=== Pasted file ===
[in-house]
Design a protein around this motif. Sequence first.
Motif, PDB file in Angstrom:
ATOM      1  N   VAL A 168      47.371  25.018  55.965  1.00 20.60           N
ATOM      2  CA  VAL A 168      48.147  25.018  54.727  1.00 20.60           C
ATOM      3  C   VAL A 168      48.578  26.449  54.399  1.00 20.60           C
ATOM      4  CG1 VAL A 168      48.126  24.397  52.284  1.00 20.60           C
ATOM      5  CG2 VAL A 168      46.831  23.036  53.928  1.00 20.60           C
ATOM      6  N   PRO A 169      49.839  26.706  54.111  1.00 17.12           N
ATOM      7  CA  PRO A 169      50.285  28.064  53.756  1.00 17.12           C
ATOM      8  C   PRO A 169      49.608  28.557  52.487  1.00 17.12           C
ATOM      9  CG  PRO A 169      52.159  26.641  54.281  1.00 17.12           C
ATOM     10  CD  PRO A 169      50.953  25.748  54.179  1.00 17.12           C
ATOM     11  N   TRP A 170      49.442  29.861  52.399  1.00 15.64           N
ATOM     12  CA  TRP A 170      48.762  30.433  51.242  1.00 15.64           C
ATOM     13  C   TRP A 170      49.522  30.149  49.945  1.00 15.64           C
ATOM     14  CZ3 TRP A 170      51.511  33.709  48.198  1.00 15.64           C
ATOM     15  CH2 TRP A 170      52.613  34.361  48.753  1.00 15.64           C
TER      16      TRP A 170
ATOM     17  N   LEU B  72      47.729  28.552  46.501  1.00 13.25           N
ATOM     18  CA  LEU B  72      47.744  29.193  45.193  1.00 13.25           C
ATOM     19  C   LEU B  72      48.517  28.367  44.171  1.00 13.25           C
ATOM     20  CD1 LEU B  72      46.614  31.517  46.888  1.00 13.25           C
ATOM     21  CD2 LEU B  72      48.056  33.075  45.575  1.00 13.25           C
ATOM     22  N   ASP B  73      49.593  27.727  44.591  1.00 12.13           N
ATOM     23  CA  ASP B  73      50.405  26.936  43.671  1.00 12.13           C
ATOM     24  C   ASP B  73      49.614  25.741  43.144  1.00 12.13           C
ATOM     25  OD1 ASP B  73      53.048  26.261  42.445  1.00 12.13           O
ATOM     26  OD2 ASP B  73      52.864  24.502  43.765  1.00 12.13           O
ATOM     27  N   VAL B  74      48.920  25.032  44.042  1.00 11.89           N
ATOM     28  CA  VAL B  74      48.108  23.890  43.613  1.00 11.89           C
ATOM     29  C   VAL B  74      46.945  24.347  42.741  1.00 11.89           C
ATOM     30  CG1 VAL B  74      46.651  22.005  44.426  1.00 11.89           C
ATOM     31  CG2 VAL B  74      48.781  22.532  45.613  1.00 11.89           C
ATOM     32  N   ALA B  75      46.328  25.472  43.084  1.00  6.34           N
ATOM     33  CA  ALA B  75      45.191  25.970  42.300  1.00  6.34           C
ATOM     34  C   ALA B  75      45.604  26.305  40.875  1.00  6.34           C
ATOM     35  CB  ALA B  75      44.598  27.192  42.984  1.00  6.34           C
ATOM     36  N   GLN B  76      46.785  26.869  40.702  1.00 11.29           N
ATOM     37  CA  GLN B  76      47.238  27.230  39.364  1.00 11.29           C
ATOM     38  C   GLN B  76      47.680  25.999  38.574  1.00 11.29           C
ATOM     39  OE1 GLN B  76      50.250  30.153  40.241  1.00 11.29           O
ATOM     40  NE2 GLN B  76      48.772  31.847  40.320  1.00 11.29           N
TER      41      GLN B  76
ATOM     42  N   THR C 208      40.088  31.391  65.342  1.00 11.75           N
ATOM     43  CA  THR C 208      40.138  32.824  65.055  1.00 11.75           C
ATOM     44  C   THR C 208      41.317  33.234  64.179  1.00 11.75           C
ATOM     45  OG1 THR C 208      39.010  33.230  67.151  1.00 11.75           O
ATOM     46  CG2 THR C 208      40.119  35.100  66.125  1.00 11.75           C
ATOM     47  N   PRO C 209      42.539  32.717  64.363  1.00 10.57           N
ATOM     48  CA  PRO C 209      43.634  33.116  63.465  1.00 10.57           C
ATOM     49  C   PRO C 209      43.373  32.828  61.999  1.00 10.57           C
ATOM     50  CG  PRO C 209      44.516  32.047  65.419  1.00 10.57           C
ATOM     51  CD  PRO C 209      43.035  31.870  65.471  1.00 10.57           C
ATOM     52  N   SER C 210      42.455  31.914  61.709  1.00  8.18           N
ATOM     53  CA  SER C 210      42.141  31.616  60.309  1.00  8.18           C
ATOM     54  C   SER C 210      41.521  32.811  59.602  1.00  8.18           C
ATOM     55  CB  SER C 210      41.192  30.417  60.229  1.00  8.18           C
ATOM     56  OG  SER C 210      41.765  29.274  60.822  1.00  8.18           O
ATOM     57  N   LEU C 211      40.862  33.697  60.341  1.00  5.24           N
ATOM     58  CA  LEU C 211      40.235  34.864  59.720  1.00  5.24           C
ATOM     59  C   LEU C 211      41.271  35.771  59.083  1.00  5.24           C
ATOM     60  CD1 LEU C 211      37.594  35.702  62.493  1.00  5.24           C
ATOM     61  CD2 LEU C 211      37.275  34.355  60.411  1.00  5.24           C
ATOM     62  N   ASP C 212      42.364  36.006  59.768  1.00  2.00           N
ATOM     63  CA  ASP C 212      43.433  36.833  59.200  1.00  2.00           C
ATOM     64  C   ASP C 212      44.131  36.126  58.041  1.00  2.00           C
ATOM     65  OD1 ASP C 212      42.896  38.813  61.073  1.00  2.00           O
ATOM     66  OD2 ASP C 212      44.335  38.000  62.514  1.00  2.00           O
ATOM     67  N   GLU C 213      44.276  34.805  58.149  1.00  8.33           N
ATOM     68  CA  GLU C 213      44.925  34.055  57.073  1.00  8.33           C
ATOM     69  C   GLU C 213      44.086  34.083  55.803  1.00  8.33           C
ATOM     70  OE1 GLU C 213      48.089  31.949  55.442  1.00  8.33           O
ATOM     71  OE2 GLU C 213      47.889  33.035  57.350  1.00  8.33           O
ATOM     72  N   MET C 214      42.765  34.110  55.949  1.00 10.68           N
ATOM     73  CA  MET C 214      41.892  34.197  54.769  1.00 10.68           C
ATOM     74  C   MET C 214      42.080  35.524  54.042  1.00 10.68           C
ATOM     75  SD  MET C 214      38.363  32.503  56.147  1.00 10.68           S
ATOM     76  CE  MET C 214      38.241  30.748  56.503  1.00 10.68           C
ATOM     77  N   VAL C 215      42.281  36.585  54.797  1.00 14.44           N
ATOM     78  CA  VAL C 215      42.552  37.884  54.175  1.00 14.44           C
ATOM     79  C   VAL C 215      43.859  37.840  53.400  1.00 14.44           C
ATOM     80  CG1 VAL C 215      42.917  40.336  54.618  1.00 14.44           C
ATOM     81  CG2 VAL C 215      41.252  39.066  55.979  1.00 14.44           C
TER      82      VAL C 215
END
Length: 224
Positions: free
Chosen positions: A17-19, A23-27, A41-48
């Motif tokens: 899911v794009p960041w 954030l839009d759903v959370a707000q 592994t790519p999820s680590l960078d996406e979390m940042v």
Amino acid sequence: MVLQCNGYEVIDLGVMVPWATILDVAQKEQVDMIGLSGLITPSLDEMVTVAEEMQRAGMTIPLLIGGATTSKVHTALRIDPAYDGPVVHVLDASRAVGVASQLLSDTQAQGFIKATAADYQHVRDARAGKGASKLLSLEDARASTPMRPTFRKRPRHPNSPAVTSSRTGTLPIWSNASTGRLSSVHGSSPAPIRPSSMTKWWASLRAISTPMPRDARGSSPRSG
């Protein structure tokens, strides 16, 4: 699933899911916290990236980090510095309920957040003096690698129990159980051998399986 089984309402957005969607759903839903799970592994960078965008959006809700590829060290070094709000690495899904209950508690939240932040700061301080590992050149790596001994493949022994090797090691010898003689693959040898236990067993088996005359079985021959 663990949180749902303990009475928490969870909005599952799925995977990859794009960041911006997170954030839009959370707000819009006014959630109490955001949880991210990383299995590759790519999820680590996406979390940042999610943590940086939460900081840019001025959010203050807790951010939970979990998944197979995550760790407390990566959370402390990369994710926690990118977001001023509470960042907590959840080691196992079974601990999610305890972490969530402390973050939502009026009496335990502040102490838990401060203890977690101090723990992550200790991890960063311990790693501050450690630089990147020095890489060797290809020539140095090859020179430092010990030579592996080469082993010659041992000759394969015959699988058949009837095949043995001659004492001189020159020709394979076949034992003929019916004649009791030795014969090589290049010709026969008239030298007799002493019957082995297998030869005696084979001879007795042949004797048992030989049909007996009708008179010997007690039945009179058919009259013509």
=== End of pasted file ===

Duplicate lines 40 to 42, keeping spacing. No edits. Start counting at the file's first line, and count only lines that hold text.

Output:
ATOM     37  CA  GLN B  76      47.238  27.230  39.364  1.00 11.29           C
ATOM     38  C   GLN B  76      47.680  25.999  38.574  1.00 11.29           C
ATOM     39  OE1 GLN B  76      50.250  30.153  40.241  1.00 11.29           O